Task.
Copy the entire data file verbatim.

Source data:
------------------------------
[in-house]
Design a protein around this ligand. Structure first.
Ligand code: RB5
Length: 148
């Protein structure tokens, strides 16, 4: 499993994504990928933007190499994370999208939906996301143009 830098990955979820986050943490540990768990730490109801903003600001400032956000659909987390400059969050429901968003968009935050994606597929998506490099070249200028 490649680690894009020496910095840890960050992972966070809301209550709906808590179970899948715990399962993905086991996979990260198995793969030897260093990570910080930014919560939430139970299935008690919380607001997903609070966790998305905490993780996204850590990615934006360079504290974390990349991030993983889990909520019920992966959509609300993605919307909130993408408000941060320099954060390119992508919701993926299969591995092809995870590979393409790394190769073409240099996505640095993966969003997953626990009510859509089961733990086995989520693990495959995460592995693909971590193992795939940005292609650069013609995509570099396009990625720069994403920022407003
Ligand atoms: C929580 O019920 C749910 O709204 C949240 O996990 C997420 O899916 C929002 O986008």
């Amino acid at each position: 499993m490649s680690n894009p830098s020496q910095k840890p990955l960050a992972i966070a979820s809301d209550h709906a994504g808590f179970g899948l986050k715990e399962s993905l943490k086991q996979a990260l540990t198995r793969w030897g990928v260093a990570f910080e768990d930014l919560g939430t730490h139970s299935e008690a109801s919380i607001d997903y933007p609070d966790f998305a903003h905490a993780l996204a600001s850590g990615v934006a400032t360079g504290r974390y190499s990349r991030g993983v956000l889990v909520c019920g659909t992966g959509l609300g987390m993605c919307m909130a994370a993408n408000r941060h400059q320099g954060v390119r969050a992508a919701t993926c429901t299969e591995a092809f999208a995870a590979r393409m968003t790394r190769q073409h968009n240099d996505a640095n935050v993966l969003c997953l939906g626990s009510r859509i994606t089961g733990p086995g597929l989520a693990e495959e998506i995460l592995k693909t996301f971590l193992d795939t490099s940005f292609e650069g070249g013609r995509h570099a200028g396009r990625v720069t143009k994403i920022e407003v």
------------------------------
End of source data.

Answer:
[in-house]
Design a protein around this ligand. Structure first.
Ligand code: RB5
Length: 148
């Protein structure tokens, strides 16, 4: 499993994504990928933007190499994370999208939906996301143009 830098990955979820986050943490540990768990730490109801903003600001400032956000659909987390400059969050429901968003968009935050994606597929998506490099070249200028 490649680690894009020496910095840890960050992972966070809301209550709906808590179970899948715990399962993905086991996979990260198995793969030897260093990570910080930014919560939430139970299935008690919380607001997903609070966790998305905490993780996204850590990615934006360079504290974390990349991030993983889990909520019920992966959509609300993605919307909130993408408000941060320099954060390119992508919701993926299969591995092809995870590979393409790394190769073409240099996505640095993966969003997953626990009510859509089961733990086995989520693990495959995460592995693909971590193992795939940005292609650069013609995509570099396009990625720069994403920022407003
Ligand atoms: C929580 O019920 C749910 O709204 C949240 O996990 C997420 O899916 C929002 O986008």
């Amino acid at each position: 499993m490649s680690n894009p830098s020496q910095k840890p990955l960050a992972i966070a979820s809301d209550h709906a994504g808590f179970g899948l986050k715990e399962s993905l943490k086991q996979a990260l540990t198995r793969w030897g990928v260093a990570f910080e768990d930014l919560g939430t730490h139970s299935e008690a109801s919380i607001d997903y933007p609070d966790f998305a903003h905490a993780l996204a600001s850590g990615v934006a400032t360079g504290r974390y190499s990349r991030g993983v956000l889990v909520c019920g659909t992966g959509l609300g987390m993605c919307m909130a994370a993408n408000r941060h400059q320099g954060v390119r969050a992508a919701t993926c429901t299969e591995a092809f999208a995870a590979r393409m968003t790394r190769q073409h968009n240099d996505a640095n935050v993966l969003c997953l939906g626990s009510r859509i994606t089961g733990p086995g597929l989520a693990e495959e998506i995460l592995k693909t996301f971590l193992d795939t490099s940005f292609e650069g070249g013609r995509h570099a200028g396009r990625v720069t143009k994403i920022e407003v």